Disturbing though it may be, people in positions of power have been increasingly linked to pedophilia in recent years. From the ongoing Catholic priest sex abuse scandals to similar criminality among British lawmakers, it appears power and authority attract troubled individuals, at least to some degree.
This week, yet another pedophile ring was exposed, this time in Norway. Reports indicate politicians were among the members of the 51-person ring. Police investigating the potential crimes dubbed their inquiry “Operation Dark Room.”
How about implanting a RFID chip?
Norway’s Immigration and Integration Minister has asked police to look into ankle tags as a solution to migrants going underground to avoid deportation.
Announcing that the country “must constantly seek new ways to safeguard Norwegian citizens” Sylvi Listhaug has outlined three groups of migrants on whom the government is considering putting tags.
In Bærum, the tags are used on men who have been convicted of violence against women. On Friday, the Progress Party politician went to the western Oslo municipality to learn more about how electronic tagging works from police. Continue reading »
Honor killings are common in Islamic societies, and the practice has spilled over onto Western soil, but this report is exceptionally sickening: a young woman was raped by her father as a punishment for living a Western lifestyle:
The father has been angry because his daughter did not follow his (Islamic) way of life, she explained in questioning.
The idea, in a shame/honor culture, is to bring shame upon the daughter, who bears responsibility for the act, not the father. Where are the Western feminists who proclaim their “mission” of promoting equal rights for women? Women who can actually remain silent on such abuses of women in Islam are more focused on their own personal hatred of men than on caring about real cases of women who suffer atrocities.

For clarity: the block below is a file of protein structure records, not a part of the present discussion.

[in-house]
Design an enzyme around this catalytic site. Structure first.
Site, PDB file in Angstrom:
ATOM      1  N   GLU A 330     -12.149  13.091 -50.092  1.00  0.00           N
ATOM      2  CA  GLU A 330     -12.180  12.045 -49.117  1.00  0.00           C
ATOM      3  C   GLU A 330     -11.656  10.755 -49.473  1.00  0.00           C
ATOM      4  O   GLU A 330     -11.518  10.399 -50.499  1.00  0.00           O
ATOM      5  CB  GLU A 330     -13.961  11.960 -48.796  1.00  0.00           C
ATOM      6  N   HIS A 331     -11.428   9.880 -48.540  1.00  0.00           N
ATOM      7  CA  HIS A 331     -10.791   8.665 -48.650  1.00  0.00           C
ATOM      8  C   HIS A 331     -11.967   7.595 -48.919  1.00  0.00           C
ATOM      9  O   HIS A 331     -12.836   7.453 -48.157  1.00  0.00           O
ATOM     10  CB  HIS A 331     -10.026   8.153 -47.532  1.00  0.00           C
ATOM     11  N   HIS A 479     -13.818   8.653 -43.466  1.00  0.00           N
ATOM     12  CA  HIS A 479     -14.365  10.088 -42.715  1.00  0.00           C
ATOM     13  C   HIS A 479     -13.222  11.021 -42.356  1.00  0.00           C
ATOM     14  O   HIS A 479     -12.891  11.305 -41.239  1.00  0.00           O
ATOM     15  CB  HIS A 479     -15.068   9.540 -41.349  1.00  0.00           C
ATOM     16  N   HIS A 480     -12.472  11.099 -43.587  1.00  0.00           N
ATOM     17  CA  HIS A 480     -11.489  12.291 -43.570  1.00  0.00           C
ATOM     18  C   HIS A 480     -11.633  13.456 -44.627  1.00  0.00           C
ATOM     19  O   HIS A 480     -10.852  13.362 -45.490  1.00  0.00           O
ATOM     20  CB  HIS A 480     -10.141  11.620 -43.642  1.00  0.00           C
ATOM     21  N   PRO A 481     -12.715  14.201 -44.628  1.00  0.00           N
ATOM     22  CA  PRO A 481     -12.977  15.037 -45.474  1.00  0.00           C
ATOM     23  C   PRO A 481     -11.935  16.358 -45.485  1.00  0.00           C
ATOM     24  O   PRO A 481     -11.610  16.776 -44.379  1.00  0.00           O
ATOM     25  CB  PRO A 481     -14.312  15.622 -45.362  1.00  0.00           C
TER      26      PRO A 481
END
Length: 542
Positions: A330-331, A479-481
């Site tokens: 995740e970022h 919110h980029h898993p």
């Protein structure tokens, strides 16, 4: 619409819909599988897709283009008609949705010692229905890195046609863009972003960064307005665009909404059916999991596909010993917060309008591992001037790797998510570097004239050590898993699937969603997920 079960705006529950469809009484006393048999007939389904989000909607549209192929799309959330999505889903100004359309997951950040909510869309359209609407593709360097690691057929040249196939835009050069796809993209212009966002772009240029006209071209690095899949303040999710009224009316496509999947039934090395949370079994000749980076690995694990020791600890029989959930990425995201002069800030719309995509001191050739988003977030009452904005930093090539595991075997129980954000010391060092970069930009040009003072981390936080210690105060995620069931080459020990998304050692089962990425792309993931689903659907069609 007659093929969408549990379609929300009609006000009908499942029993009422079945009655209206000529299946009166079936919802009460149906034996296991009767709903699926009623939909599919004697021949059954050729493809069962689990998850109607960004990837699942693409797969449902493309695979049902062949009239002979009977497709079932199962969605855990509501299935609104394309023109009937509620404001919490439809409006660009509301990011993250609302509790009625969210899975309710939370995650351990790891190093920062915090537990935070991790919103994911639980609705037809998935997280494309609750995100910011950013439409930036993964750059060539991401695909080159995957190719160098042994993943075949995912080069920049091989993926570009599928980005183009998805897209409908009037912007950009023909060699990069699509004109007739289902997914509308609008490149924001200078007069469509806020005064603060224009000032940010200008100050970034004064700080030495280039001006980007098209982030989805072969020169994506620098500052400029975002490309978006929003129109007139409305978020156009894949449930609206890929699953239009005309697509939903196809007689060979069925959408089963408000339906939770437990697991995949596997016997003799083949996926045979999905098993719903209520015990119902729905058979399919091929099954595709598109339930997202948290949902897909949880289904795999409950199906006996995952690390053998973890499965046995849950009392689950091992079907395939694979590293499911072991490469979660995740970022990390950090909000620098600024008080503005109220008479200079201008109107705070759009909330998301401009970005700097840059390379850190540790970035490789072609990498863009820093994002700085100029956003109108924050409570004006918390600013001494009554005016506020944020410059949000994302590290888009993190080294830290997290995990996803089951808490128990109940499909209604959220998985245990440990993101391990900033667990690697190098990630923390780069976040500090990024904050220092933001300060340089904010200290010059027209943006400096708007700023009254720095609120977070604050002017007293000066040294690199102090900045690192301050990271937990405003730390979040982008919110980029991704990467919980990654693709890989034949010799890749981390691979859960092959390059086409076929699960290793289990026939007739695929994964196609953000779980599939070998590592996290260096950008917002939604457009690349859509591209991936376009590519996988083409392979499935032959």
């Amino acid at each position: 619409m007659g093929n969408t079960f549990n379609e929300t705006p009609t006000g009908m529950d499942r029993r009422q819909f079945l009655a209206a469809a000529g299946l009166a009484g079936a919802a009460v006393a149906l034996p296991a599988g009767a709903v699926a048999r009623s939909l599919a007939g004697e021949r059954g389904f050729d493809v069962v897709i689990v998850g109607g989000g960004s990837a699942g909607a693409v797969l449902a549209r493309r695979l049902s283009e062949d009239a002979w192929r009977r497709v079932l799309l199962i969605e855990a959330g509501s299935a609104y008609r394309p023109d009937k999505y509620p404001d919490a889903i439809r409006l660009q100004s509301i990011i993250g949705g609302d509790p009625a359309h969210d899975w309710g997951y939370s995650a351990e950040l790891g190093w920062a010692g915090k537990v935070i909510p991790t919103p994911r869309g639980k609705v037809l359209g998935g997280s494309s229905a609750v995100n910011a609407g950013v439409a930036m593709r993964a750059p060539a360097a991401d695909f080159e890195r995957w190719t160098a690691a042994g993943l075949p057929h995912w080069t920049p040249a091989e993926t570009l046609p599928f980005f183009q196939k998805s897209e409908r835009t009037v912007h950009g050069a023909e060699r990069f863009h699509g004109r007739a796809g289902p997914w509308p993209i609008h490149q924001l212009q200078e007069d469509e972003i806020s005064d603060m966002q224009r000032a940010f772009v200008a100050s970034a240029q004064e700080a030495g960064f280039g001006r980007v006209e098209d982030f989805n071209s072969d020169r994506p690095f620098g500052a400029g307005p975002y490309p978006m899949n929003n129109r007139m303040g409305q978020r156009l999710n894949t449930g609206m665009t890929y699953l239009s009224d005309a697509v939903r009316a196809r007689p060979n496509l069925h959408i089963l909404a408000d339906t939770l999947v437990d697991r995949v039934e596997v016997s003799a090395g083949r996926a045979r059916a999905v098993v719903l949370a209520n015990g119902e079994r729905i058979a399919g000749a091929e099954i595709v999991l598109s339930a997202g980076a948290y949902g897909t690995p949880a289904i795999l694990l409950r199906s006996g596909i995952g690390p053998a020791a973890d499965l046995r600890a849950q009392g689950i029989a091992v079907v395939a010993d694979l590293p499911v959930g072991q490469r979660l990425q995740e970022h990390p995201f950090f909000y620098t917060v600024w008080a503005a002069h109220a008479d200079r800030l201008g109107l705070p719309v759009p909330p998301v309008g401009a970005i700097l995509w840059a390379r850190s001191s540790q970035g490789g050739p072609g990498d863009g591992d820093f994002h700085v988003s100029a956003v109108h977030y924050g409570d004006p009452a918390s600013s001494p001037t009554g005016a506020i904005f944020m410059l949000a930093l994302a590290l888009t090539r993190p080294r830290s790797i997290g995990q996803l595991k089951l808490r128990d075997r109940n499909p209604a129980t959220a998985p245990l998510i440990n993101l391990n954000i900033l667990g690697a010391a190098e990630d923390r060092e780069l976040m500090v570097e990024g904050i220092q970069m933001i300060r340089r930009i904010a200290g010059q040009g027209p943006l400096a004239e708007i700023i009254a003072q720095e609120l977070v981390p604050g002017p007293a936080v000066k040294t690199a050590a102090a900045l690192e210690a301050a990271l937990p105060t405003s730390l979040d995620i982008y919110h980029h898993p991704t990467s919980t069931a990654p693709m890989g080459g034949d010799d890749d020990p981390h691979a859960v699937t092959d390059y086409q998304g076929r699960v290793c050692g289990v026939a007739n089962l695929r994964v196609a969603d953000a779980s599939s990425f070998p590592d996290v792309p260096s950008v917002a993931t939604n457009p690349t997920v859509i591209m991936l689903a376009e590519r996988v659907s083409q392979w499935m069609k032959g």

Back in August, we noted that, for the first time since it’s creation in 1996, the Norwegian government had started raiding its sovereign wealth fund to cover government deficits. Now, as noted by Bloomberg, the Nordic country has revealed plans to massively increase withdrawals by over 25% in 2017, to $15 billion. The money would be used to cover Norway’s budget hole that’s expected to be roughly 8% of GDP.
Of course, Norway’s ultimate GDP potential, and therefore budget deficits, are heavily dependent on oil prices so any further weakening of crude could result in even more withdrawals. Moreover, given the substantial YoY increase, it’s important to recall that there are fiscal limits imposed on fund withdrawals equal to 4% of assets, or roughly $36 billion, which could come into play at some point in the future if oil prices remain “lower for longer.”
“What’s worrying is the enormous pace,” said Torstein Tvedt Solberg, a member of parliament and a finance committee member for Labor. The largest opposition party has asked the fund “about the threshold for when it becomes really problematic for them and the signal they’ve given us is that it’s 150-200 billion kroner. With the pace we’re seeing now, we’re beginning dangerously fast to come close to the critical level.”
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When Ida had just turned twelve, she was brutally raped by a Somali man. Since then, she has been forced to endure being beaten, threatened and sexually harassed by the rapist’s Muslim friends. Since the charges have been consistently dropped by procecutors, the family now sees no other alternative but to flee to Norway.